Originally published in the Fall 2011 issue of Jubilate Deo, a publication of the Episcopal Diocese of South Carolina.
An article I wrote during my internship with the Charleston Port & Seafarers’ Society, an ecumenical nonprofit that provides spiritual care as well as physical services of phones, internet, groceries, and more for the international seafarers that enter the Port of Charleston.
Security in the Port of Charleston is extremely tight. Security scanners and cameras abound at each carefully-guarded entrance where trucks hauling huge metal containers pass through after tough scrutiny. But at around 11 a.m. on May 24, a different sort of visitor could be seen entering the port.
Instead of 18-wheelers, there were white buses emblazoned with a blue emblem. Instead of truck drivers and longshoremen, there were people dressed in suits and blazers. Among the guests were Town of Mt. Pleasant Mayor Billy Swails and many priests and chaplains. After the vehicles made it through security, they continued into the port, past towering stacks of cargo containers.
This was not a typical day at the port.
These unusual guests were there to attend the dedication ceremony for the Charleston Port and Seafarers’ Society’s new trailer.
The Charleston Port and Seafarers’ Society is a nonprofit ecumenical organization dedicated to serving the seafarers who come into the Port of Charleston every day on container ships. According to the Rev. Len Williams, Chaplain of the Society, they served more than 780 ships with 25 crew members per ship in the Wando terminal in 2010, putting in more than 6,700 hours.
The Seafarers’ Society provides important services for Charleston’s seafarers, who come from all over the world. In its dockside center, it has computers and phones that mariners— many of whom are away from home for eight months at a time—can use to connect with their families. Using the same buses that were shuttling guests to the dedication ceremony, the Seafarers’ Society volunteers provide transportation to shopping at Wando Crossing, Towne Centre and Belle Hall Shopping Center; since the seafarers average only eight hours ashore, many would not be able to go anywhere without this service.
The Seafarers’ Society is also committed to serving spiritual needs. In its dockside center, it has translations of the Bible in 26 different languages. On Sundays, it provides transportation to local churches. Clergy members perform Mass onboard the ships. Although it is a Christian organization, its mission is to serve all seafarers “without regard for nationality, race, ethnicity, politics or religion.”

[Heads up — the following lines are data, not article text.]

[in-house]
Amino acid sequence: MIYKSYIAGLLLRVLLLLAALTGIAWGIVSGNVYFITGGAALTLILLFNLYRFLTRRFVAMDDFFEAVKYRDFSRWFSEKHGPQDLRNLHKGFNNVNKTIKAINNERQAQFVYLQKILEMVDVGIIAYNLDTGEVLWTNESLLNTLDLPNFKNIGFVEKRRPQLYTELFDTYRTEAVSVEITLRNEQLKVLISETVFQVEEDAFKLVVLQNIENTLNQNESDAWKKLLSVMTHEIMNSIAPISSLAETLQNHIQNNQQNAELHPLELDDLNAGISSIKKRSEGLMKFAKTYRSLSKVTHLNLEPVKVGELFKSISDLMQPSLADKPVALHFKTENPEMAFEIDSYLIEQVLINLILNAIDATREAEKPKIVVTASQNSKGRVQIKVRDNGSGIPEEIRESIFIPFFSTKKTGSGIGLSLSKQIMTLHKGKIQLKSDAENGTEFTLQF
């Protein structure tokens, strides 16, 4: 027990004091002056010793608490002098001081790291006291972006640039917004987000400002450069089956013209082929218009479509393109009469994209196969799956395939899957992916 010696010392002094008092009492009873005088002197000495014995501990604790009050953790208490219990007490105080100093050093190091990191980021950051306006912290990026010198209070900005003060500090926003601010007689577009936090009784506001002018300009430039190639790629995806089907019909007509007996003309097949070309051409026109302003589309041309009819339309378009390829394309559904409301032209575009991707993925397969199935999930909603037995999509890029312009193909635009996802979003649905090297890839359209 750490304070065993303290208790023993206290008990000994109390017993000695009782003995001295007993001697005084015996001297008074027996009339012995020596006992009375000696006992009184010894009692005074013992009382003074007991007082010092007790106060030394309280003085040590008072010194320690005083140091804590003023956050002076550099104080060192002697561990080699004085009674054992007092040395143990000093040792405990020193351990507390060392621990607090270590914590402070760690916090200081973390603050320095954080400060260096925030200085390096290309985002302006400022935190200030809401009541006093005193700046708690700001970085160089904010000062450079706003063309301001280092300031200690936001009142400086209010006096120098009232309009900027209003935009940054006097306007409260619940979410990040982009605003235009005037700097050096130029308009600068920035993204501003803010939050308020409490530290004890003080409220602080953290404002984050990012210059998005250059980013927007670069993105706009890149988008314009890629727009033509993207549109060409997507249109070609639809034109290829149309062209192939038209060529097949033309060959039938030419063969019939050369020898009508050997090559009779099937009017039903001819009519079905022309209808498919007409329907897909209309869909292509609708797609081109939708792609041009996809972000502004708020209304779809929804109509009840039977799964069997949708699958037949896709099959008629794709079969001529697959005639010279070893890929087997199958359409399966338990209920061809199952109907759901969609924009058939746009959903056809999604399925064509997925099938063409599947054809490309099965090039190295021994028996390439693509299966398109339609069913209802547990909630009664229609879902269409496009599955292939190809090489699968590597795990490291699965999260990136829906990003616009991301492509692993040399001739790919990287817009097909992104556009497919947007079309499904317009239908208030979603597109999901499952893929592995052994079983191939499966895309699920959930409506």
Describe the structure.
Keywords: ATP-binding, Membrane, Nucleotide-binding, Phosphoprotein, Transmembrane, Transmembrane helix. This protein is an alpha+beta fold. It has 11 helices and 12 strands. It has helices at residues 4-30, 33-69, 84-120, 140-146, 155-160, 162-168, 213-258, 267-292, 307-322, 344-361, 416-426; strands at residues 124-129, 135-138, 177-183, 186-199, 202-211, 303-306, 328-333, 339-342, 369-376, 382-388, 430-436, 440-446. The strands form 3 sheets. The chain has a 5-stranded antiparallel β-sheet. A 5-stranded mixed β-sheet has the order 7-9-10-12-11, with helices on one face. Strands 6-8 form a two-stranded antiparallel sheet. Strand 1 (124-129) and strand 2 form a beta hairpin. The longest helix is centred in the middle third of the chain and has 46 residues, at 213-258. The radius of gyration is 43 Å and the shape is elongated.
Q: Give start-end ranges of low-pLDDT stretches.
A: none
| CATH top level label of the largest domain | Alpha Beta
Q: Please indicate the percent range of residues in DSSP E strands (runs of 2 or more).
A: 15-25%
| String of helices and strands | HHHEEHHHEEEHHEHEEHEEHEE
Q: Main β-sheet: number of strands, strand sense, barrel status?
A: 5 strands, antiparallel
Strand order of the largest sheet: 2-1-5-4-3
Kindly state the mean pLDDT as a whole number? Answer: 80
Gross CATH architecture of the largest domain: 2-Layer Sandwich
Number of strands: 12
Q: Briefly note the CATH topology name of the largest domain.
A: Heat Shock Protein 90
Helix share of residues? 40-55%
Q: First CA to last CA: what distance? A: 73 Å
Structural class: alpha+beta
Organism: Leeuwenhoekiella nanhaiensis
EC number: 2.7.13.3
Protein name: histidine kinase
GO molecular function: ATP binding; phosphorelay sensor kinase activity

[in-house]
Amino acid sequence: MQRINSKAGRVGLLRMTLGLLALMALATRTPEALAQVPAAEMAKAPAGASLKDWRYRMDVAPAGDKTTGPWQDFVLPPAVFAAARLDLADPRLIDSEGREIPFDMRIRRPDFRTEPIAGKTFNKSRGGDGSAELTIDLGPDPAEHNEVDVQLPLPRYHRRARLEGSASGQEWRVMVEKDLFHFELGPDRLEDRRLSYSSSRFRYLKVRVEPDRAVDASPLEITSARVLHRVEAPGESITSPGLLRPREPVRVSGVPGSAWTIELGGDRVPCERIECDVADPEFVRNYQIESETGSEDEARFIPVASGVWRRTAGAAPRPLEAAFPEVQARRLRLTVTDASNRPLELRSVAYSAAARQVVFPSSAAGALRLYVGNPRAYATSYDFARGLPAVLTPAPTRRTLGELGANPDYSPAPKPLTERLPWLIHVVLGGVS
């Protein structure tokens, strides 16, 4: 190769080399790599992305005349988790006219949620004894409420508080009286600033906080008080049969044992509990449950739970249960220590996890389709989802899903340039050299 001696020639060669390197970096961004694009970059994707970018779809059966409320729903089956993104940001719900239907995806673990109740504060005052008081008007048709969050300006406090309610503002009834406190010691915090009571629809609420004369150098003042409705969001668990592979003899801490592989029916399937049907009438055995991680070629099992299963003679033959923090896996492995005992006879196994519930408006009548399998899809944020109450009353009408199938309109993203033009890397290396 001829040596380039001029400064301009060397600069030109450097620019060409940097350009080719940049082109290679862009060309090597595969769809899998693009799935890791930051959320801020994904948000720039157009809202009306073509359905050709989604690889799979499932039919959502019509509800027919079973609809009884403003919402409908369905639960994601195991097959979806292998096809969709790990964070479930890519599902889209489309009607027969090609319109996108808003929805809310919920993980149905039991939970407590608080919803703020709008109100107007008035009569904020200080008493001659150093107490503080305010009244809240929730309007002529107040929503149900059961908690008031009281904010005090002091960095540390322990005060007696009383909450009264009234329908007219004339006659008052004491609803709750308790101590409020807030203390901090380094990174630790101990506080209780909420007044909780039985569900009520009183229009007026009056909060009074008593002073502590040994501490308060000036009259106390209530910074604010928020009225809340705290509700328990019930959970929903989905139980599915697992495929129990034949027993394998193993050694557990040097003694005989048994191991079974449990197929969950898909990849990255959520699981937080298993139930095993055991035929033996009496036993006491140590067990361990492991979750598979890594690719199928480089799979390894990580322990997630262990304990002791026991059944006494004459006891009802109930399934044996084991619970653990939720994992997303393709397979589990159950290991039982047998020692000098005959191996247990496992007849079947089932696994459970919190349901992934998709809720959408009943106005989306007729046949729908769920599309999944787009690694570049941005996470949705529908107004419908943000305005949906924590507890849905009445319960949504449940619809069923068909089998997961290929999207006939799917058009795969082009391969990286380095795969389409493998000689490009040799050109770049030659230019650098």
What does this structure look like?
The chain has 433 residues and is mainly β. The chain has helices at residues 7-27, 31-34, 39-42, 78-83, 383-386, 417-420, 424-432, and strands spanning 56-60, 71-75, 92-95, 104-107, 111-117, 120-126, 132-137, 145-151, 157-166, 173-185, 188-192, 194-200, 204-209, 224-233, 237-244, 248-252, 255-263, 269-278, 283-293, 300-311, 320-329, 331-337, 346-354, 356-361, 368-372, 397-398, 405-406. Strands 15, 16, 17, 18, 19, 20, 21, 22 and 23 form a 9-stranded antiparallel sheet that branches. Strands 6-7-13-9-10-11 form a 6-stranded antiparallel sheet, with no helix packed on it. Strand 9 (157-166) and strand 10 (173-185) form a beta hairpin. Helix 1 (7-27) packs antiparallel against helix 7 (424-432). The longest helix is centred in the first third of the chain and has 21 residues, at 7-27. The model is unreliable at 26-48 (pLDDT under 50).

The work done by the Charleston Port and Seafarers’ Society is surely something to celebrate. The reason for celebration on this specific Tuesday morning was the new center made possible by the generosity of the State Ports Authority, which has been working with the Seafarers’ Society to strengthen their dockside presence.
The new center has more than doubled the capacity to serve, allowing for more computers and more workstations, as well as office space for Seafarers’ Society workers.
Board treasurer Ian MacDonald announced that the center is dedicated to Harriott Pinckney, an influential Charlestonian who first established the roots of the Seafarers’ Society back in 1823 when she bequeathed property in her will for the express purpose of building a seamen’s church there. The Seafarers’ Society is believed to be the oldest cross-cultural ministry in the United States.
Mayor Swails stressed how important the ports are to the town and the state, and thanked the Seafarers’ Society for their efforts. After hearing about the work and ministry of the Society, the guests were taken to the center, where it was blessed by Bishop Alex Dickson.
Even during the blessing, which took place outside the trailer, there were mariners inside using the computers and phones. As guests filed in to look around, they were introduced to men who hailed from Eastern Europe and Southeast Asia. The seafarers were quick to affirm how thankful they were for the facilities. One man looked at pictures of his daughter on Facebook while another answered emails from his family.
On one wall of the center, there was a large world map. Father Len Williams explained that seafarers were encouraged to affix stickers to the location of their hometowns. Just one glance at the map told the global story of the Seafarers’ Society: it was covered with countless stickers, across all the continents.
It was reminiscent of earlier in the ceremony, when volunteers had taken turns reading a psalm in multiple languages. Hearing the words in Filipino, German, Spanish and other languages was moving, and, as Father Williams said when he addressed the guests, “There is no better ambassador for our country…than the Seafarers’ Society. We are truly ministering to the entire world.”
And they are right in our very own port.